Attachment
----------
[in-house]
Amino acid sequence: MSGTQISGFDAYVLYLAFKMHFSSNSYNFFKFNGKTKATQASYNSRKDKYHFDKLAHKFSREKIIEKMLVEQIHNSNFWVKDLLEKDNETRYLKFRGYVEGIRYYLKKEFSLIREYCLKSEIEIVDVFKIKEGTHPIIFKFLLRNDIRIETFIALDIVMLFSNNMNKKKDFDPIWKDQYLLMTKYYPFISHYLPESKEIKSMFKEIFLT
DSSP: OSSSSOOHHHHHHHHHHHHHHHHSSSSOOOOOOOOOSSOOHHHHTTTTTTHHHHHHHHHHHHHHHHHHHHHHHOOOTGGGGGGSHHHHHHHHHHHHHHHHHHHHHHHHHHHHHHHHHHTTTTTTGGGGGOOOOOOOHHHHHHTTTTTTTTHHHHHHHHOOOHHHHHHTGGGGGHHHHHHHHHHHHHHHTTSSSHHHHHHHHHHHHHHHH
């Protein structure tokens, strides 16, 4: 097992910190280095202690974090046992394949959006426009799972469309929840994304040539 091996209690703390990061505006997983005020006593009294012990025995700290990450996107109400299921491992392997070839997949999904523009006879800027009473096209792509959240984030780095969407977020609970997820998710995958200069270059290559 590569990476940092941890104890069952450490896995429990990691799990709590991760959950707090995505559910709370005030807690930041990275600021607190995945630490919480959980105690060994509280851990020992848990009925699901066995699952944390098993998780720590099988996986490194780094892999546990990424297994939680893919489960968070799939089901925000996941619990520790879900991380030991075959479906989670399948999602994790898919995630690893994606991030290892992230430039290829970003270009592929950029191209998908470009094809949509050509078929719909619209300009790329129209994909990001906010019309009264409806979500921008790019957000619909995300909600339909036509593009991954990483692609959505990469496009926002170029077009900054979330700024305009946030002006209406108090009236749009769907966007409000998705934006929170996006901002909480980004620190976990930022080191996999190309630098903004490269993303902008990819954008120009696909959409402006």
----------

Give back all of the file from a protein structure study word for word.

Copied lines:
[in-house]
Amino acid sequence: MSGTQISGFDAYVLYLAFKMHFSSNSYNFFKFNGKTKATQASYNSRKDKYHFDKLAHKFSREKIIEKMLVEQIHNSNFWVKDLLEKDNETRYLKFRGYVEGIRYYLKKEFSLIREYCLKSEIEIVDVFKIKEGTHPIIFKFLLRNDIRIETFIALDIVMLFSNNMNKKKDFDPIWKDQYLLMTKYYPFISHYLPESKEIKSMFKEIFLT
DSSP: OSSSSOOHHHHHHHHHHHHHHHHSSSSOOOOOOOOOSSOOHHHHTTTTTTHHHHHHHHHHHHHHHHHHHHHHHOOOTGGGGGGSHHHHHHHHHHHHHHHHHHHHHHHHHHHHHHHHHHTTTTTTGGGGGOOOOOOOHHHHHHTTTTTTTTHHHHHHHHOOOHHHHHHTGGGGGHHHHHHHHHHHHHHHTTSSSHHHHHHHHHHHHHHHH
């Protein structure tokens, strides 16, 4: 097992910190280095202690974090046992394949959006426009799972469309929840994304040539 091996209690703390990061505006997983005020006593009294012990025995700290990450996107109400299921491992392997070839997949999904523009006879800027009473096209792509959240984030780095969407977020609970997820998710995958200069270059290559 590569990476940092941890104890069952450490896995429990990691799990709590991760959950707090995505559910709370005030807690930041990275600021607190995945630490919480959980105690060994509280851990020992848990009925699901066995699952944390098993998780720590099988996986490194780094892999546990990424297994939680893919489960968070799939089901925000996941619990520790879900991380030991075959479906989670399948999602994790898919995630690893994606991030290892992230430039290829970003270009592929950029191209998908470009094809949509050509078929719909619209300009790329129209994909990001906010019309009264409806979500921008790019957000619909995300909600339909036509593009991954990483692609959505990469496009926002170029077009900054979330700024305009946030002006209406108090009236749009769907966007409000998705934006929170996006901002909480980004620190976990930022080191996999190309630098903004490269993303902008990819954008120009696909959409402006």